Eve's Shadow: Healing the Wounded Feminine
Many of us know what the Shadow is, and everyone will know who Eve was but who or what is the Wounded Feminine? She is, of course an archetype of both the collective and personal unconscious.
“There is a void felt these days by women and men who suspect that their feminine nature, like Persephone, has gone to hell. Wherever there is such a void, such a wound agape, healing must be sought in the wound itself”
As a Jungian therapist of thirty years and a seasoned wounded woman, I can safely say that I know her. I am in illustrious company; I join Silvia Plath, Marilyn Monroe, Camille Claudel, Frida Kahlo, Whitney Houston and countless other wounded women who lost themselves to their men, their lovers, their careers, or to the call of the glittering Persona all at the expense of themselves. It is a simple fact that if you feel unworthy deep inside, then you will sell your soul for love or what you consider to be love......
Who is the Wounded Feminine?
The Wounded Feminine is just that, wounded. She longs to be loved, but often travels down the wrong road looking for it.
The feminine in me is both the voice of my soul and my heart, a benevolent and essential part of my nature but as a shadow figure in my unconscious, she is deeply wounded. As wounded, she is unreachable, likely to be critical, harsh and judgmental of any weakness or vulnerability instead of nurturing and compassionate. And if I can’t connect with her, then I cannot heal myself. And I remain incarcerated in the mother complex like Rapunzel in her tower, shut away from life (consciousness).
An archetype is a force that informs our being, our psyches; we feel its influence through our inner imagery and outer behaviour. The feminine is of course, not gender related and so men’s wounded feminine might be in your hidden hurt, in your inability to reach your heart, in your loneliness and emotional isolation-in your relationship difficulties. The story of Rapunzel, locked away in a tower is symbolic of our inner (young) feminine, imprisoned by our inner witch, the part of us that doesn't want us to grow, that controls and keeps our life force in the unconscious, in the Shadow.
And what remains in shadow emerges into our life unbidden. As Jung said, "Until you make the unconscious conscious, it will direct your life and you will call it fate." On a collective archetypal level, our jailor may be a cold heartless hierarchy, a church or an institution that shuns or tries to control the feminine keeping it in shadow (out of sight, out of mind). Our recent history is heavy with a culture of the shaming, blaming and incarcerating of pregnant women and the forced, cruel separation from their babies. Sexuality(especially if it resulted in unwanted pregnancy), childbirth and women were viewed with suspicion and fear. It was not so long ago after all that women were ‘churched’ after childbirth. We may have moved on, but history cannot be erased, and the scars and wounds still haunt our psyches and influence our lives. We hear her in the voice of the lost mothers and grandmothers and in the cry of the Magdalene whose sacred wisdom was silenced. We can call it misogyny, religious and church values or dominance by intellectualism (avoiding the body by staying in the head). Either way, our inner feminine, the voice of our soul is both ignored and shunned. And so feminine consciousness, the ability to love, to create new life and instinctual nature are in shadow (repressed, shunned, unknown), resulting in what Jung called the Wounded archetype.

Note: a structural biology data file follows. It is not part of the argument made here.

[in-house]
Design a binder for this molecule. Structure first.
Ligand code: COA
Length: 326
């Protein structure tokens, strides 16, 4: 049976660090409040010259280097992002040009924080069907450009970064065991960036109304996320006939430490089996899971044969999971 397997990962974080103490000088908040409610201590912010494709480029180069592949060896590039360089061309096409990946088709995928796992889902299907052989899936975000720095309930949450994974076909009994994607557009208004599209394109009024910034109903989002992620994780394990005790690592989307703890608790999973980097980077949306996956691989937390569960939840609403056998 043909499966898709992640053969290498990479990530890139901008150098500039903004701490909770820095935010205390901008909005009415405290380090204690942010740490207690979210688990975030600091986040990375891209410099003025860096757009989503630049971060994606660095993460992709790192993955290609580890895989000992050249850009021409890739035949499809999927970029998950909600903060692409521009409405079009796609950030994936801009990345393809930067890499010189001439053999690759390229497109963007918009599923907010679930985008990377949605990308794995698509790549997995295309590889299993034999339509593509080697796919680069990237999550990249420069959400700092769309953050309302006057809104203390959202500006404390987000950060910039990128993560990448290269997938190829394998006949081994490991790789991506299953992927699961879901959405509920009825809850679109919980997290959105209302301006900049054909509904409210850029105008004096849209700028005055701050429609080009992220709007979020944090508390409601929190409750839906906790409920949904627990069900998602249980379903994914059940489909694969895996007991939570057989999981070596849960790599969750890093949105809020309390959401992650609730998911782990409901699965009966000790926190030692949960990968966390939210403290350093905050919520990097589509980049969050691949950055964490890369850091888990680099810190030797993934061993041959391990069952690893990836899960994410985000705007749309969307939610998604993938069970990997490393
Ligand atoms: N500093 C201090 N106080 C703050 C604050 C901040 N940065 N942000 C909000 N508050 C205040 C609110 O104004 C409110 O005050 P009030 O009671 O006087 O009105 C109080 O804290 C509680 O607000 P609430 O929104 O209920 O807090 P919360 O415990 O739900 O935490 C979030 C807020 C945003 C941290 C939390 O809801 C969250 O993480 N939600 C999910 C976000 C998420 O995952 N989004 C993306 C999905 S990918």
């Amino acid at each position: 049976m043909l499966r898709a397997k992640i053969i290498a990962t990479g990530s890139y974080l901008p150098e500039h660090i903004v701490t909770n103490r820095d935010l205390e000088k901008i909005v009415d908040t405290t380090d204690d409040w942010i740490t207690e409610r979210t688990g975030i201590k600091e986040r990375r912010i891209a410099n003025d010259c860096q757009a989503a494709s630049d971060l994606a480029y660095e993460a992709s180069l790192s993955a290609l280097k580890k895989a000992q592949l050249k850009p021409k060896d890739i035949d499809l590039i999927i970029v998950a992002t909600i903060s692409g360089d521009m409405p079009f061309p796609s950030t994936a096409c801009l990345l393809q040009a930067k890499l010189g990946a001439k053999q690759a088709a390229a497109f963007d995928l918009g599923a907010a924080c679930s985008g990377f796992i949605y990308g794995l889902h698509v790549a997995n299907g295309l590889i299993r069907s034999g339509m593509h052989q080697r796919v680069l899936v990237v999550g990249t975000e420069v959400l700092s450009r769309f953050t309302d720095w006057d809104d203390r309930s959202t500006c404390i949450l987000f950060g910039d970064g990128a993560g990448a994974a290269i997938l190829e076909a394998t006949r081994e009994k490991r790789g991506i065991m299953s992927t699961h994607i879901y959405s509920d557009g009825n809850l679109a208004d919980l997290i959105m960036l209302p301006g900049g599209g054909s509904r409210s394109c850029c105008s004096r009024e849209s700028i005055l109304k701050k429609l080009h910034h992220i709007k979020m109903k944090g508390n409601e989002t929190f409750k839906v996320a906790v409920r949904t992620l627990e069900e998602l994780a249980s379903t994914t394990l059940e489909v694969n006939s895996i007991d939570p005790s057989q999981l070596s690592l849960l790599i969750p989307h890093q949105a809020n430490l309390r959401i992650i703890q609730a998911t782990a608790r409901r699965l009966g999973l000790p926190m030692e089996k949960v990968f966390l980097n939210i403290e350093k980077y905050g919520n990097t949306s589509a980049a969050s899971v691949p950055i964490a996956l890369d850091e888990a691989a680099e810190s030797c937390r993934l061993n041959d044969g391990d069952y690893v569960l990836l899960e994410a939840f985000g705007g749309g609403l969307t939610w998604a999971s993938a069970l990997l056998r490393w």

We have our own brand of the Wounded Feminine archetype here in Ireland. Our history is witness to this wounding, so it is no wonder we may find it hard to be in our hearts and connect with our souls, our precious and sacred feminine. A wounded feminine image/archetype/belief structure impacts our ability to give and to receive love. How can you (we) love when we have cut out our hearts or stifled the voice of our inner feminine?
Healing the Wounded Feminine